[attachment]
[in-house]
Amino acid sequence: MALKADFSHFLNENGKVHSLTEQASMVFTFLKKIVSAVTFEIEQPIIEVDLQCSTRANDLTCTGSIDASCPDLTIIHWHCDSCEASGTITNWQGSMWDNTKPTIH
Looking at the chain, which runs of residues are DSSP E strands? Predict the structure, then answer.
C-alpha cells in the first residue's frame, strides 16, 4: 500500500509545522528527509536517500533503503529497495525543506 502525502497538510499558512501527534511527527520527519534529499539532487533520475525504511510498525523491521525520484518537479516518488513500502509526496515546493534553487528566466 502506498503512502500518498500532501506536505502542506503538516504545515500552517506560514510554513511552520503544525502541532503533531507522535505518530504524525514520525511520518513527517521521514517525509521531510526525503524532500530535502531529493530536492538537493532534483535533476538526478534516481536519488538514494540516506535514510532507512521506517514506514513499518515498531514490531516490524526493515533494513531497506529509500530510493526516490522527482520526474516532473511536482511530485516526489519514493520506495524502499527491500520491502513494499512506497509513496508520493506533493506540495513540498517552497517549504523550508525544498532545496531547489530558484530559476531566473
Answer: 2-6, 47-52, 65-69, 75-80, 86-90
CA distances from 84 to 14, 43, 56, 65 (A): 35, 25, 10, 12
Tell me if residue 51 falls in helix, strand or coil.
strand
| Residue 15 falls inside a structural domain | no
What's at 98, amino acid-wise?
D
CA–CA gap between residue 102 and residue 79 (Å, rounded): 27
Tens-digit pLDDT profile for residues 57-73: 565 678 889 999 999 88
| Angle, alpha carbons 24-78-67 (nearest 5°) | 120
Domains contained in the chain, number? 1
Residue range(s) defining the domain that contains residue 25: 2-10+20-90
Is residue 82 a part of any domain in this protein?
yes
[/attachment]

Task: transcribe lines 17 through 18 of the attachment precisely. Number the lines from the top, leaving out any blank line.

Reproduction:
Is residue 82 a part of any domain in this protein?
yes